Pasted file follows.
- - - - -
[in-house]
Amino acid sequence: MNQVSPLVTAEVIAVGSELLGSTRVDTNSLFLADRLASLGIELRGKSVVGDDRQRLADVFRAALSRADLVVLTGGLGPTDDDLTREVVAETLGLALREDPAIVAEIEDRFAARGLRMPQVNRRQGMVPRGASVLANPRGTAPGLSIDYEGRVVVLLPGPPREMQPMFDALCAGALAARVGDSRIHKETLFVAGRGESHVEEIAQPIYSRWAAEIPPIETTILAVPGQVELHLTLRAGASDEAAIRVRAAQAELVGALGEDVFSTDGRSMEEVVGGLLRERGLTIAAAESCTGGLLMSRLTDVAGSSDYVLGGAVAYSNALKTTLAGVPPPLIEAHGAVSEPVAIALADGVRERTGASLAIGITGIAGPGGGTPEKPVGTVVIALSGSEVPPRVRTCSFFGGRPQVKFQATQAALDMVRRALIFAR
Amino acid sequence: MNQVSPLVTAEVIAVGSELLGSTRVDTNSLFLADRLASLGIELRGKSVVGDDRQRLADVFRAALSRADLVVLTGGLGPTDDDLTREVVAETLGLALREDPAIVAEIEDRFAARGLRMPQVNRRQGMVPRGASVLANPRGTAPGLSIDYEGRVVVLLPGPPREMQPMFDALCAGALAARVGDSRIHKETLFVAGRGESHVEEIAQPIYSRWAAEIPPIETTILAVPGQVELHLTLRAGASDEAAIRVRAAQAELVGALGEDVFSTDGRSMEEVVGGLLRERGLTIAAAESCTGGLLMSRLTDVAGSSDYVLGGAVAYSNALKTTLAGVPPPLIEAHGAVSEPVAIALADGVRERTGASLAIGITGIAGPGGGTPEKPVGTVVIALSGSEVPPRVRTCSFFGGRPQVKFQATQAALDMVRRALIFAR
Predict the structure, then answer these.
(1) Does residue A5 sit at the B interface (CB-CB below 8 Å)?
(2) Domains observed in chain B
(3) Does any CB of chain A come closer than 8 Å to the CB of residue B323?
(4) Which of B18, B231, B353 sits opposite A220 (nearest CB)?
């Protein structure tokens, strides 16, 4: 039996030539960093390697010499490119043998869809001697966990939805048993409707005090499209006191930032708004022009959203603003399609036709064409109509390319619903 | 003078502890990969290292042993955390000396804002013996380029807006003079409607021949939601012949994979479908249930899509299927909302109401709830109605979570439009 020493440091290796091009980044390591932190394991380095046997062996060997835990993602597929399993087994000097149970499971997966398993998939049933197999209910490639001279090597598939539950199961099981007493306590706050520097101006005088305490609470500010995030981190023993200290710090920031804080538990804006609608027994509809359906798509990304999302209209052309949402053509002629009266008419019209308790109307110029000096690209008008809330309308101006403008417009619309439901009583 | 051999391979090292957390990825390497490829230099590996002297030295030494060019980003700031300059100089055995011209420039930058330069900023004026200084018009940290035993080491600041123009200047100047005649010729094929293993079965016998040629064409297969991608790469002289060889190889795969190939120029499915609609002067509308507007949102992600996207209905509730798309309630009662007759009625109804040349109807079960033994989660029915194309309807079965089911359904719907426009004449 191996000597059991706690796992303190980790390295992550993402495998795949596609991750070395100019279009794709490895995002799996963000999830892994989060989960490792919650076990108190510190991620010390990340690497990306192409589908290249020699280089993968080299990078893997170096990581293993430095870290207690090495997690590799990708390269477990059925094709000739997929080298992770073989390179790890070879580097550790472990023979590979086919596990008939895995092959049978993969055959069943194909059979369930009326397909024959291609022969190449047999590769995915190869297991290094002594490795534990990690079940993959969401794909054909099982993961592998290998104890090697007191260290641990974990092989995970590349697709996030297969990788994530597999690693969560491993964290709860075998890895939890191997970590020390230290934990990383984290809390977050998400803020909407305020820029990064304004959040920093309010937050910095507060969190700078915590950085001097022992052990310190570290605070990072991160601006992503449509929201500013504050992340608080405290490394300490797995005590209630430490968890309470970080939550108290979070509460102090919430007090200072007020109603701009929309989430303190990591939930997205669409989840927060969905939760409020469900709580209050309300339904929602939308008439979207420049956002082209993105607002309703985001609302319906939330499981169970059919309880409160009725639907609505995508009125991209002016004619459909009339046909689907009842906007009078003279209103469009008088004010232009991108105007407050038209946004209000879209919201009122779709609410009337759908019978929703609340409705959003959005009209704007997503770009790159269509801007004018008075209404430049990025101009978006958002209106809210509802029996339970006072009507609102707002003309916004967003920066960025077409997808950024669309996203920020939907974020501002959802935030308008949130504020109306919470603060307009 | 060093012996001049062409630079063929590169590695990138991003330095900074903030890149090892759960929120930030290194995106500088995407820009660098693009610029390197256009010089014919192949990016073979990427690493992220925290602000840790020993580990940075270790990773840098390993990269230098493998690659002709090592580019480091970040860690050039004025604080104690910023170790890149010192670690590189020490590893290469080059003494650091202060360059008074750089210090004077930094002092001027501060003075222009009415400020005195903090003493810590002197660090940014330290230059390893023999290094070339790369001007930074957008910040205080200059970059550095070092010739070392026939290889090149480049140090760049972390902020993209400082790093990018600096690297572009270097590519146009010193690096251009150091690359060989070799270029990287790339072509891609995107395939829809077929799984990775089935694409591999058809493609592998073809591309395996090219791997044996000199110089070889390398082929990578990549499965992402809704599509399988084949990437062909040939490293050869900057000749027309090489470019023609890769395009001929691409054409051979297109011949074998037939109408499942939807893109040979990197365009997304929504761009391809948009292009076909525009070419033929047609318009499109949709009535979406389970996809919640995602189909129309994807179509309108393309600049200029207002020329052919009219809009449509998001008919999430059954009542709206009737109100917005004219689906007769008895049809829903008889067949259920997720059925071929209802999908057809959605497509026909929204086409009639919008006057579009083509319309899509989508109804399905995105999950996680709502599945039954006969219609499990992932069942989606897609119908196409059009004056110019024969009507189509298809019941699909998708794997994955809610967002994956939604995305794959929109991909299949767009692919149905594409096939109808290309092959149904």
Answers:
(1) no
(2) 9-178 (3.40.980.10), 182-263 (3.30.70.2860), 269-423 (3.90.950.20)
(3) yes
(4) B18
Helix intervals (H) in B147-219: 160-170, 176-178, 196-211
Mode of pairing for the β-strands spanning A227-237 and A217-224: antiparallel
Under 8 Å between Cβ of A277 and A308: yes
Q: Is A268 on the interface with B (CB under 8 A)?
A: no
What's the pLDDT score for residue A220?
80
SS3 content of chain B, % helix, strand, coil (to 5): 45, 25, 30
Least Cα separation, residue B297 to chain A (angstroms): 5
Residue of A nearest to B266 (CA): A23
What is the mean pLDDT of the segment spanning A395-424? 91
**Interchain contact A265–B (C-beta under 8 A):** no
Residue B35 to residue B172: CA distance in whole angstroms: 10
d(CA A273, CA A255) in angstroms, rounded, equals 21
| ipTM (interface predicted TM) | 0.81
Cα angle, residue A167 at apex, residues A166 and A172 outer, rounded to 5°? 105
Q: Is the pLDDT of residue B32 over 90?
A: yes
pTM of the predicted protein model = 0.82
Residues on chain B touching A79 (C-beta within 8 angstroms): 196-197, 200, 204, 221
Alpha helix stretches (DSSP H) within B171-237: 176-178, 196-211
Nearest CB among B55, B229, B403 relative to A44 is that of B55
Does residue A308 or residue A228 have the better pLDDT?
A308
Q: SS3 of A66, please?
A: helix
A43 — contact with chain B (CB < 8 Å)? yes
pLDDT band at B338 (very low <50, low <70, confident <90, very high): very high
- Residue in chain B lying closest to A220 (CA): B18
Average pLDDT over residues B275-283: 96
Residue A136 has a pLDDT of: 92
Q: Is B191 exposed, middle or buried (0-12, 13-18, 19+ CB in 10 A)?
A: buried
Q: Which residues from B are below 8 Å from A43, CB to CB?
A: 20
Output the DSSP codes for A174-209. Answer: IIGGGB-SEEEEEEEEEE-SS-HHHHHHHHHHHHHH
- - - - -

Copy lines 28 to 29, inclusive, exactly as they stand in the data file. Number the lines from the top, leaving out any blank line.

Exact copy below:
d(CA A273, CA A255) in angstroms, rounded, equals 21
| ipTM (interface predicted TM) | 0.81